Pastor, Focus on Christ As You Preach!

There are some Sundays I think I hit a home run, and then there are Sundays (more often than I care to admit) when I feel like my sermon fell in front of the pulpit. I need confidence in Christ, not my cleverness!

Trust God to work through yesterday’s sermon!

Listen to this encouragement from John Owen.

When you have preached well nineteen times, this will be no security for the twentieth. . . . If you lean upon books or men, or upon your own faculties and attainments, you will be in fear and in danger of falling continually. But if you stay yourself upon the Lord, he will not only make good your expectations, but in time will give you a becoming confidence in his goodness, and free you from your present anxiety.

John Owen (1616 – 1683)

HT: @MattSmethurst

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No Imaginary Jesus

We cannot behold the glory of Christ by conjuring up pictures of him in the mind and by trying to form the shape of a person in heaven in our imaginations. The way to behold the glory of Christ is by the steady exercise of faith on the revelation of this glory of Christ given to us in Scripture. It is our duty, therefore, constantly to meditate on the glory of Christ. This will fill us with joy which will, in turn, move us to meditate on his glory more and more.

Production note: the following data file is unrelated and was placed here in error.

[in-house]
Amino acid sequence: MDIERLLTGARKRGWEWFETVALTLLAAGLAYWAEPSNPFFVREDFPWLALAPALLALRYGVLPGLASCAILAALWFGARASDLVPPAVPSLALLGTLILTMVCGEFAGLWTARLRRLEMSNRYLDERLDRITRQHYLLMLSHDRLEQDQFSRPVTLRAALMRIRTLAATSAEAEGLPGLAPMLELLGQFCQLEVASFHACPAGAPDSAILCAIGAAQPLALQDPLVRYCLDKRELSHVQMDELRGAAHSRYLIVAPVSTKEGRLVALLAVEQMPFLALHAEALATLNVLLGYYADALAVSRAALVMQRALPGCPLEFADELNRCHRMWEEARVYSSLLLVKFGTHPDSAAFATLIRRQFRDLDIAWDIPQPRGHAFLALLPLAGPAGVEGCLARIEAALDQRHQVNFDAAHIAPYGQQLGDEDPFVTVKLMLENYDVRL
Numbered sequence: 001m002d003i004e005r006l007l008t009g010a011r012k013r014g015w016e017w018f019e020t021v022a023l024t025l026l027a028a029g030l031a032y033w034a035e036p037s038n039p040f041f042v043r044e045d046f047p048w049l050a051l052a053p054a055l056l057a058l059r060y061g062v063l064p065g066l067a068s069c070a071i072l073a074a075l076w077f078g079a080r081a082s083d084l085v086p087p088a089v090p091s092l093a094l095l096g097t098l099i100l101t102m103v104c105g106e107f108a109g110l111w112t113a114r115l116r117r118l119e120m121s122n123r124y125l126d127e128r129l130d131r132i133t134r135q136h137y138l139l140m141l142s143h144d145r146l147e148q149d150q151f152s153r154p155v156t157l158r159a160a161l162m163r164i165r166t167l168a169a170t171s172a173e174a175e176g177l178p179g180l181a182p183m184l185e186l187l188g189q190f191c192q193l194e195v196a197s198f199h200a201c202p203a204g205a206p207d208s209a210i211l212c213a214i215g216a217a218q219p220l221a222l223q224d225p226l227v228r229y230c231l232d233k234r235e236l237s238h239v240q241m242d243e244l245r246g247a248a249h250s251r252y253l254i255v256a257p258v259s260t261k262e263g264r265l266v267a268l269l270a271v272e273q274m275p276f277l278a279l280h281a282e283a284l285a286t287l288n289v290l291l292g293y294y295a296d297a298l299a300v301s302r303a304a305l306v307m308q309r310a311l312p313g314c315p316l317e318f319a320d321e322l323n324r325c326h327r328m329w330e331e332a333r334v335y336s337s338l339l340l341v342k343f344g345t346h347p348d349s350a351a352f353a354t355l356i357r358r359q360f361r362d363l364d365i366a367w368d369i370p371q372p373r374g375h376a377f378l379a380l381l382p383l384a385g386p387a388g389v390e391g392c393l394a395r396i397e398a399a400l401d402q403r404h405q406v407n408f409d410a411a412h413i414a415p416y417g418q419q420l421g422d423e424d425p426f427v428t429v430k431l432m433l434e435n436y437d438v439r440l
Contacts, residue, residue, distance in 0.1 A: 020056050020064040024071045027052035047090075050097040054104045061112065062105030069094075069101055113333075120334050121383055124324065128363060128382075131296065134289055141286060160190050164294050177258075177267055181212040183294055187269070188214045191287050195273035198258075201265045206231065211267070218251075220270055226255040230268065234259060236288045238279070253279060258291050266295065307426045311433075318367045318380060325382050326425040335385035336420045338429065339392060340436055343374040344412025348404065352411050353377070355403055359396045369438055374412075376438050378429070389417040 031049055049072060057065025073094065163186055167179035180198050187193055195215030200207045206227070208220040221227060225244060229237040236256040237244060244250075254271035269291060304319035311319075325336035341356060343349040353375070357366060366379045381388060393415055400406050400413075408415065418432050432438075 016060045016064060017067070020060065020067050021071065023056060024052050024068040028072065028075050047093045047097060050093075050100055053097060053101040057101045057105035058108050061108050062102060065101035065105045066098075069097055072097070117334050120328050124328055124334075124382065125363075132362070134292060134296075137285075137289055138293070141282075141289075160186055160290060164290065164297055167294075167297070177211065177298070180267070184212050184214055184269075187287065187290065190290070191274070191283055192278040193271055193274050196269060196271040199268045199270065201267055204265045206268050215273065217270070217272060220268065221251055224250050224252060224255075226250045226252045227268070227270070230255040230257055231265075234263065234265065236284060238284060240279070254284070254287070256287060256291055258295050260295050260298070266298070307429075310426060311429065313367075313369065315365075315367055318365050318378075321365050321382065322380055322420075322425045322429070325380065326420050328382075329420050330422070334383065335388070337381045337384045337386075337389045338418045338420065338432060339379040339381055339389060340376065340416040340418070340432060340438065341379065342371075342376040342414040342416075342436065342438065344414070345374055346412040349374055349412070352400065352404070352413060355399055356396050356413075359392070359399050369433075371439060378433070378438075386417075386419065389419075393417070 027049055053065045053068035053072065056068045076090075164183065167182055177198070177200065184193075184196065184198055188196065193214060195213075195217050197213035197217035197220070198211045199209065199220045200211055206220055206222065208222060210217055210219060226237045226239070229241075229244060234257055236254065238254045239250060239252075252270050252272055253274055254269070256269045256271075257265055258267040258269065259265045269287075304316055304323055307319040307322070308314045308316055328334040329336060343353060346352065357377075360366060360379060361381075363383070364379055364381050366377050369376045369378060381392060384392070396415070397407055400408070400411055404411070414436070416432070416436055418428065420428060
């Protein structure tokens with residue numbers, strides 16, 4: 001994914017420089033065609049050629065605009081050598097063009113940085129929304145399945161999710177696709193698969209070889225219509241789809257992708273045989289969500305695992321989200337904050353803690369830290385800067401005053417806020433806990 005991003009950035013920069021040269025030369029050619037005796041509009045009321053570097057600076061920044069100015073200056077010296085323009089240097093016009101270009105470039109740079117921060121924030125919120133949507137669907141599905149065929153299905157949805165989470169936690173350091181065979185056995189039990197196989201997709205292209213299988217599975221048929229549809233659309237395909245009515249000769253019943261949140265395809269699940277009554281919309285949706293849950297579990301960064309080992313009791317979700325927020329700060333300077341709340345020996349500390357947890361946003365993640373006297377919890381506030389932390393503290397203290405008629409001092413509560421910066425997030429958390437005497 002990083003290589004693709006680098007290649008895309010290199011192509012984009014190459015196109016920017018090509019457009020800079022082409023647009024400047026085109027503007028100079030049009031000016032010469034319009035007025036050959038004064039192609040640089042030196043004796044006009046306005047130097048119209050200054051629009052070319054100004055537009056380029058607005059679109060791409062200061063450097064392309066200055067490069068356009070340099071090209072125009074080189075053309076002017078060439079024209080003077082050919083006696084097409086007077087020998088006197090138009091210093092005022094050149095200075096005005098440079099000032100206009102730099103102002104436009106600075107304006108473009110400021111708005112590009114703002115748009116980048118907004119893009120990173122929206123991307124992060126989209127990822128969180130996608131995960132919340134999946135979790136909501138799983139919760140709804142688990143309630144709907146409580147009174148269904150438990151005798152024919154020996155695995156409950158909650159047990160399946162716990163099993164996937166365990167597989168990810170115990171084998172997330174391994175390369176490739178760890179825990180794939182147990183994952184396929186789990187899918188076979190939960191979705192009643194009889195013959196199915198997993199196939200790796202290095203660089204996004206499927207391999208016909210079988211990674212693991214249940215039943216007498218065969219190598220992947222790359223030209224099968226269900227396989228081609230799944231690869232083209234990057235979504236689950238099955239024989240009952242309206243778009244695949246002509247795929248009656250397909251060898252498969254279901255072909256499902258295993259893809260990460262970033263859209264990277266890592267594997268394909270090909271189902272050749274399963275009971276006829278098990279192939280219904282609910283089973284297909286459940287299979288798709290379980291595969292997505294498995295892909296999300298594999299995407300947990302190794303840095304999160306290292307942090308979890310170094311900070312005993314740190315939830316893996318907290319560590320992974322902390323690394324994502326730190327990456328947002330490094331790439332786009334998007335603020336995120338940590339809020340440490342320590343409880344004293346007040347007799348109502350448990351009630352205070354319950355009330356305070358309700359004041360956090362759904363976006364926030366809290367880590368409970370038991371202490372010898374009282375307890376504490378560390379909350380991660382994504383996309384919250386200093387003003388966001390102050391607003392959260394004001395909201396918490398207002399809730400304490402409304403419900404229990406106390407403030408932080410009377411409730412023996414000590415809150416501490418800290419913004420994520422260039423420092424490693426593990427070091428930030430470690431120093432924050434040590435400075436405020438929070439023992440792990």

John Owen, (ed. by R. J. K Law), The Glory of Christ (Edinburgh: Banner of Truth Trust, 1994), 67.

God Doesn’t Despise Small Things

Know that God despiseth not small things. He takes notice of the least breathings of our hearts after him when we ourselves can see nor perceive no such thing. He knows the mind of the Spirit in those workings which are never formed to that height that we can reflect upon them with our observation. Everything that is of him is noted in his book, though not in our ours . . . even whilst his people are sinning, he can find something in their hearts, words or ways, that pleaseth him; much more in their duties. He is a skillful refiner, that can find much gold in that ore where we see nothing but lead or clay. He remembers the duties which we forget, and forgets the sins which we remember.

John Owen (1616 – 1683)